Like the majority of Willis’s recent films, Wire Room is a low-budget action film.  The special effects aren’t particularly special and the action scenes are fairly rudimentary.  A huge problem with the film is that the viewer is never quite sure how close or how far anyone is from the titular location.  For instance, we’re continually told that people are heading towards the wire room but it seems like it takes them forever to actually show up.  At one point, we see a group of bad guys heading up to the wire room but, somehow, Justin and Shane still have time to scrounge up some weapons and have a fairly detailed conversation before any of them actually arrive.  For all of the shooting and the yelling, Wire Room also never convinces us that there’s much at stake as far as the story is concerned.  Shane, for instance, doesn’t seem to be particularly upset when Justin tells him about what is happening at Eddie’s house, despite the fact that Eddie’s death would destroy Shane’s investigation into police corruption.  If Shane, the man in charge of the investigation, doesn’t care about what happens then why should we?

That said, there is some perhaps unintentional enjoyment to be found in Wire Room.  Kevin Dillon plays Justin as being so dense and so slow-witted that the film almost becomes a parody of the recent spate of movies and television shows that have been released about hyper competent government agents.  There are laughs to be found and Bruce Willis gets to be the good guy again.  Wire Room is not a particularly memorable movie but it is a decent time waster.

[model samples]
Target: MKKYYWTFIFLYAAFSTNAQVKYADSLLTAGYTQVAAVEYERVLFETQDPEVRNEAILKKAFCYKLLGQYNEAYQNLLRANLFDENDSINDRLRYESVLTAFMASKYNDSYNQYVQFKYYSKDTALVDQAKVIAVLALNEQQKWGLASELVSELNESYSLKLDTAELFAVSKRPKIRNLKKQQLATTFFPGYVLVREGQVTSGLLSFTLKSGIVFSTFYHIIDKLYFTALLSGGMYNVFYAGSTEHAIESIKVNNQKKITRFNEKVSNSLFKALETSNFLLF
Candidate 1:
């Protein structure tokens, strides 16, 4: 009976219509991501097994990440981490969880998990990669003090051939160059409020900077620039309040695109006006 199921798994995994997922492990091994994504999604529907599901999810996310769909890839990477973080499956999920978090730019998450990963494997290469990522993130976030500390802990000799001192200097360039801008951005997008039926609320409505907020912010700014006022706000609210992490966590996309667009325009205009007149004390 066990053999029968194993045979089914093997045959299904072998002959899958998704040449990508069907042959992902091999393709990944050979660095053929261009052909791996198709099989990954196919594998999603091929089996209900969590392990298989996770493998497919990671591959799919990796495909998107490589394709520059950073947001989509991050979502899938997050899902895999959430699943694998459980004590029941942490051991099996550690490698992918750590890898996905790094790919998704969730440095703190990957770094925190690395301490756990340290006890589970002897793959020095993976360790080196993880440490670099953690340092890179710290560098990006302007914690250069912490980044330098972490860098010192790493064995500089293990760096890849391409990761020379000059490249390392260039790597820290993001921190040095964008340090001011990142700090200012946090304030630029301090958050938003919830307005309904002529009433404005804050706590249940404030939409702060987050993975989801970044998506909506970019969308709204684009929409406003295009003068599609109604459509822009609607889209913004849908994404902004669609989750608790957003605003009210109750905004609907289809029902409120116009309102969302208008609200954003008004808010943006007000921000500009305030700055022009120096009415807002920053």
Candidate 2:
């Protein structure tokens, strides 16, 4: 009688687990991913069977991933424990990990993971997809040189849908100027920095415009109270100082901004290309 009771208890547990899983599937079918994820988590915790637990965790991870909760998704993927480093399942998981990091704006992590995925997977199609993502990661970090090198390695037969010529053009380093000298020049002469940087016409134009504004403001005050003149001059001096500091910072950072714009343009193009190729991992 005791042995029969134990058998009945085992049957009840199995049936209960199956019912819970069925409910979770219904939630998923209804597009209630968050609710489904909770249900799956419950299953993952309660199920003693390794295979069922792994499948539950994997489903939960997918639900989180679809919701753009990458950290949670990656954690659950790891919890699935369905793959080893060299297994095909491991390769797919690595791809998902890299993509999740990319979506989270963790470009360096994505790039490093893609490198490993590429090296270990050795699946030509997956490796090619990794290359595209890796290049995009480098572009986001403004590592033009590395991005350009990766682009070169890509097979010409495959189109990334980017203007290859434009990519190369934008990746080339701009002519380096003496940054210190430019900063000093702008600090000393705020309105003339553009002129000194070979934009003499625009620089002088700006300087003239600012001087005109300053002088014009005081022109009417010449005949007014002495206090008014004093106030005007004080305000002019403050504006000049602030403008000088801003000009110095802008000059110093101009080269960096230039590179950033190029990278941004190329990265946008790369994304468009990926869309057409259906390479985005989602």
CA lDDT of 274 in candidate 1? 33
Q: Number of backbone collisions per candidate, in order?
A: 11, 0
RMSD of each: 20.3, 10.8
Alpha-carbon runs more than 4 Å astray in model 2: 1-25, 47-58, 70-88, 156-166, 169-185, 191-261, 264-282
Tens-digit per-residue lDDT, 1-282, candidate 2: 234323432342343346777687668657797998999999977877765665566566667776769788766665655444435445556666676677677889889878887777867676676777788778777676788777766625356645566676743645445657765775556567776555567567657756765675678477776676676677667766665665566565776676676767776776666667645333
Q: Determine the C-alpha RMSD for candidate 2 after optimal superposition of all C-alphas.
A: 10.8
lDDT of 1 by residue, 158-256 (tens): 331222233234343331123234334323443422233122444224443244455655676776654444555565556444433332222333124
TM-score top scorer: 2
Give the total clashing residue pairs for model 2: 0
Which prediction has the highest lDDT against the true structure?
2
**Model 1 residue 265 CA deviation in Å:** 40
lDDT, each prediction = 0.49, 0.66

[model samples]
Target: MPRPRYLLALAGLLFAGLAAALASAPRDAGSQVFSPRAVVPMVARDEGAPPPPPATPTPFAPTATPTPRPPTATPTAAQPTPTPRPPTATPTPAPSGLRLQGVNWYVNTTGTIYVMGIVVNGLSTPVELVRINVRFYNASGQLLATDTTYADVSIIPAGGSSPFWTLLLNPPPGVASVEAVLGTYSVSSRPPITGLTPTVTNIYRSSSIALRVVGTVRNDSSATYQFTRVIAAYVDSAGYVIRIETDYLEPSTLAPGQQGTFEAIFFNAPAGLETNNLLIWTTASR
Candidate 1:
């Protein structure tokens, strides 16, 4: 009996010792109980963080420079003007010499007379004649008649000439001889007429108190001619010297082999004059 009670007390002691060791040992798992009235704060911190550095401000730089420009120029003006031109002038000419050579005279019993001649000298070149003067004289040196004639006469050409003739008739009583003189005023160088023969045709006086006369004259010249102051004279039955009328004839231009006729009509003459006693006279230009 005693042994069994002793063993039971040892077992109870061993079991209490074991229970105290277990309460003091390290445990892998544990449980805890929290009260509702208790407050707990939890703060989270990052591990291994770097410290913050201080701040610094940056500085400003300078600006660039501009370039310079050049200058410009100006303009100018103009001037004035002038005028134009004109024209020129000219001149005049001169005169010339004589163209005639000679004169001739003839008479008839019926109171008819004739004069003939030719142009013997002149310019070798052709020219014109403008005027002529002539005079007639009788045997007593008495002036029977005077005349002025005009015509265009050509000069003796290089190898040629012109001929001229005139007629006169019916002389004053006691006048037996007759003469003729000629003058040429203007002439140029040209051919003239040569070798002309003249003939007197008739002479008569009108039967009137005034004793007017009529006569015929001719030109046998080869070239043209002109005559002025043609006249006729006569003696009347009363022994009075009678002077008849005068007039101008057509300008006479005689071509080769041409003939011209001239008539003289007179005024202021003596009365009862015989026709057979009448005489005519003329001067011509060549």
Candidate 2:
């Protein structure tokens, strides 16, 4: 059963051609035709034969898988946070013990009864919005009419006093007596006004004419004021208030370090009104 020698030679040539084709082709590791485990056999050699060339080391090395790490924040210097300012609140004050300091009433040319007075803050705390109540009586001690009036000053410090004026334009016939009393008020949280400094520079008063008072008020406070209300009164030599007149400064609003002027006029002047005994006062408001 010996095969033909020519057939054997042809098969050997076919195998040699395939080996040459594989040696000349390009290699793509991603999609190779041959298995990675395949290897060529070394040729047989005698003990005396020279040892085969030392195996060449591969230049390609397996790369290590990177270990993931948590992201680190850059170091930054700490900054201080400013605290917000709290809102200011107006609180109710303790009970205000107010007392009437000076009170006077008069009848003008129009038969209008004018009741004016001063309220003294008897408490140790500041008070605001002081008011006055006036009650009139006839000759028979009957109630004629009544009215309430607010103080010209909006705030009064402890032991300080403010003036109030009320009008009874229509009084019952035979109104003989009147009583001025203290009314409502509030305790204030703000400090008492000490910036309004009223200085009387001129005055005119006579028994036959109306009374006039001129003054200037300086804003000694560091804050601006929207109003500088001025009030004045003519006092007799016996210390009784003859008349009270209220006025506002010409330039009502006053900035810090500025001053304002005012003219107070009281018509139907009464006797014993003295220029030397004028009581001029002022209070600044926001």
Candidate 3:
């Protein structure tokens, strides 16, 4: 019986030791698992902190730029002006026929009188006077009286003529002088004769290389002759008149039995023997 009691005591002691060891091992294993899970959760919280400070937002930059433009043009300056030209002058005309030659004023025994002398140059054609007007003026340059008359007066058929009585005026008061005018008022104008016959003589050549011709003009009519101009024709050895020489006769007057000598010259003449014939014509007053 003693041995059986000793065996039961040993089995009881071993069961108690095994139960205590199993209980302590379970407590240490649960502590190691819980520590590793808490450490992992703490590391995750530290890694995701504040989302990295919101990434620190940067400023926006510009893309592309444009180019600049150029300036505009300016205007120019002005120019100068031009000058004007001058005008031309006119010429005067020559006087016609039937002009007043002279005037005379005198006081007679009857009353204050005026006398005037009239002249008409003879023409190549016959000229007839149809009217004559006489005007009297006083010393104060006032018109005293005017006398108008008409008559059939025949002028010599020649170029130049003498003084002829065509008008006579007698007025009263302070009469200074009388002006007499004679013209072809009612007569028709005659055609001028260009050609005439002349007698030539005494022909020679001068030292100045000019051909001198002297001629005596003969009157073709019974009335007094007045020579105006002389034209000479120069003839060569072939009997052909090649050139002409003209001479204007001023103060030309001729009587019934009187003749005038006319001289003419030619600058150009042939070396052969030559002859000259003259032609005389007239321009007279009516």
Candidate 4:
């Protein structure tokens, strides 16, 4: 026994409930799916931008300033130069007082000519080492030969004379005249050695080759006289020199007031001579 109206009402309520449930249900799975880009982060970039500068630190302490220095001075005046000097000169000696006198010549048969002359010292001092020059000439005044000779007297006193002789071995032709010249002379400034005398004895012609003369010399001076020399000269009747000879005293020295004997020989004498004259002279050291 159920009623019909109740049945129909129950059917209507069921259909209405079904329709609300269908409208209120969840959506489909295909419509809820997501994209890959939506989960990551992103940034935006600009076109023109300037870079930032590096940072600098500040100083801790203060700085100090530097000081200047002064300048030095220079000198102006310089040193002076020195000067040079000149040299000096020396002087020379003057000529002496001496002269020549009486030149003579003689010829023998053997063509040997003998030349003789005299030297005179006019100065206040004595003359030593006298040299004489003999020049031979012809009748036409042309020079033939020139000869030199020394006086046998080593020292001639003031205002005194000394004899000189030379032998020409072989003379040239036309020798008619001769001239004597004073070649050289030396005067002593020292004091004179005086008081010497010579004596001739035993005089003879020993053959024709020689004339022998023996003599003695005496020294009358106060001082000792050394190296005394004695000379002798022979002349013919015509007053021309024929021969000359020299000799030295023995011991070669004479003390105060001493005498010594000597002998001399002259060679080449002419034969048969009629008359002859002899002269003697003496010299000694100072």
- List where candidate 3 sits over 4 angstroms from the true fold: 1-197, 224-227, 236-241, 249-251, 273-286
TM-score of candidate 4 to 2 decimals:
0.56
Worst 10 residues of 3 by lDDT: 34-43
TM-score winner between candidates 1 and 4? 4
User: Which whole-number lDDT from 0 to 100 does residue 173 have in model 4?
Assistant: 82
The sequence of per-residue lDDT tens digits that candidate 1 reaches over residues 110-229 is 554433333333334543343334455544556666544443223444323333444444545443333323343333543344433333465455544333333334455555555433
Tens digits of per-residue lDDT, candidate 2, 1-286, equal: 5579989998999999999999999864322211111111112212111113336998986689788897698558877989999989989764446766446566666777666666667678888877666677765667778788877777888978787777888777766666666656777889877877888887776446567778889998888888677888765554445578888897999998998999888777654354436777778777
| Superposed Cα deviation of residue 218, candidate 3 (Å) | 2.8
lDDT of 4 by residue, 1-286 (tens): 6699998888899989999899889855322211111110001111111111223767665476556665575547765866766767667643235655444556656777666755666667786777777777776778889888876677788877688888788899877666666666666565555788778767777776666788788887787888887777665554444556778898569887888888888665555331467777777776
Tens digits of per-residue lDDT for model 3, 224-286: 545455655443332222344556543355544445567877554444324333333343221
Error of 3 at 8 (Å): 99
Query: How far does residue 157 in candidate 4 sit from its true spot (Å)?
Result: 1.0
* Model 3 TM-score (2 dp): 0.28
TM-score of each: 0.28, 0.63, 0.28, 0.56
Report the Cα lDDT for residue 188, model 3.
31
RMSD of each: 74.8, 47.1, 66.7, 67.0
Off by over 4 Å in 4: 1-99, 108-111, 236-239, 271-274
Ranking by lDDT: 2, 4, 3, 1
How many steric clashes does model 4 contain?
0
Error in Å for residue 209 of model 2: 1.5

Retro Television Review: The Love Boat 1.22 “A Selfless Love / The Nubile Nurse / Parents Know Best”

Welcome to Retro Television Reviews, a feature where we review some of our favorite and least favorite shows of the past!  On Wednesdays, I will be reviewing the original Love Boat, which aired on ABC from 1977 to 1986!  The series can be streamed on Paramount Plus!

All aboard!

Episode 1.22 “A Selfless Love / The Nubile Nurse / Parents Know Best”

(Dir by Roger Duchovny, originally aired on February 25th, 1978)

The week’s cruise begins with the walking HR nightmare known as Dr. Adam Bricker announcing that he’s hired a new nurse and she’s a former Las Vegas showgirl!  Gopher and Isaac are excited to learn this but no one is more excited than Doc, who quickly makes it clear that he’s hoping that she’ll be more than just his nurse.

However, it turns out that Dawn Delaney (Elaine Joyce) not only takes nursing very seriously but she would also rather do her job than make out with her boss.  Needless to say, this upsets the doctor.  It also turns out that she knows about all of the latest medical developments.  This also upsets Doc Bricker because it leads to him getting upstaged.  The final straw is when Dawn manages to cure Captain Stubing’s hiccups.  Bricker gets upset but then Dawn explains that she actually wants to be a doctor but, because she’s a former showgirl, no medical school is willing to accept her.  Bricker promises to use his contacts to got her admitted and then they share a long passionate kiss.  And that’s the end of that story.